this film strikes an emotional note of longing & somehow holds it for the duration - makes each mundane movement & motive ache with the monumental - cinema is rarely this present, this empathic, this compassionate, this tender, this ineffable - cinema as an act of love - the movie theatre as hall of our eternal yearning for connection
Just like the awkwardly lengthy urinal stays, the teary spectator unwilling to leave his seat, the ghostly strangers' cigarettes burning out, and the static, unmoving shot that has been deserted by its subject, the film moves painfully, slowly- like the limping ticket taker- to its dreaded farewell.
We try to lay hands on what seems ours: the ticket-girl limps out of the theater, alone and alive, but cinema has its revenge by ending; meanwhile we are forced to live and produce something in some measure worth living for. This isn't a film, it's an elegy in image and instance/Of course this is a film; it's an elegy in image and instance.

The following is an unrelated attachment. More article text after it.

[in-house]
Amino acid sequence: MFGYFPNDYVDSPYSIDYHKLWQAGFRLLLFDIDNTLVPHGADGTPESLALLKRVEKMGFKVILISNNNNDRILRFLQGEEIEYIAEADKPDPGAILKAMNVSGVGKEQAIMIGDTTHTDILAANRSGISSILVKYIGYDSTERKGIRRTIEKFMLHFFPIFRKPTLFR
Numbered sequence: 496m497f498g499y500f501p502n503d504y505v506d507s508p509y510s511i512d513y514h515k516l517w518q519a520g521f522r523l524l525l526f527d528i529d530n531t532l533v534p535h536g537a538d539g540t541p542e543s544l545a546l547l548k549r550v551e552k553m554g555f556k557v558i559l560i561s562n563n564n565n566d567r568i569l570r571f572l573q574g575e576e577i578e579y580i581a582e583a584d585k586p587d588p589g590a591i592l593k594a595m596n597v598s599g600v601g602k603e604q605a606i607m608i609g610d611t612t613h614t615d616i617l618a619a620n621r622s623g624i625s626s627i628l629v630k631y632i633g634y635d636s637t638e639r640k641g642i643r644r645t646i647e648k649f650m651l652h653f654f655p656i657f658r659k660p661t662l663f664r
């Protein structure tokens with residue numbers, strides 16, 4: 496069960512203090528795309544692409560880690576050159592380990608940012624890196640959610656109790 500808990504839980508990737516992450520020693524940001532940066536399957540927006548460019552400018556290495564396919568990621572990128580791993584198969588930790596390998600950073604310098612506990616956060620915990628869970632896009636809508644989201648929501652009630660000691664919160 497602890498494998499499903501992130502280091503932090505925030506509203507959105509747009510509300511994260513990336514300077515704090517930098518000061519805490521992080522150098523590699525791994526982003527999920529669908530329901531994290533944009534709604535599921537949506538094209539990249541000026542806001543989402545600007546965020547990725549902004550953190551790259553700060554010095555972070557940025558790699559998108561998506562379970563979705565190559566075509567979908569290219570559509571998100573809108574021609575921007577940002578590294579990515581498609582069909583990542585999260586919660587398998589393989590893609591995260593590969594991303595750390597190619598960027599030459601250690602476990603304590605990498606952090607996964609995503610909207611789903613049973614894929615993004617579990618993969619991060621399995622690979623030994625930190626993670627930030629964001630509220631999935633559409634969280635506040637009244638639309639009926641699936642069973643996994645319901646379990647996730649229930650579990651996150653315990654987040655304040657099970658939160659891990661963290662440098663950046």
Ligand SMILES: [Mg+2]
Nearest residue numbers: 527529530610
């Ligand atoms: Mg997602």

This was the first Tsai film I ever saw, by accident at a film festival. It remains the most magical experience I've ever had in a movie theater, even if today I don't even think the film is in his Top 5.
At this point all that had seemed interesting in early Tsai has petrified to the point of this utterly lifeless and vacant so-called homage to cinema's glorious past aimed squarely at the Art Film crowd, for whom no number of shots of people shuffling down aisles is enough of an endurance test.
Seeing this film for me was a very odd experience, as it a lamentation and an elegy for the classic cinema-going experience. I, on the other hand, have had few of those experiences, seeing most of my films at home or in mostly empty little theatres. "Goodbye, Dragon Inn" did affect me, but I'm not sure if it was in the way Tsai meant to.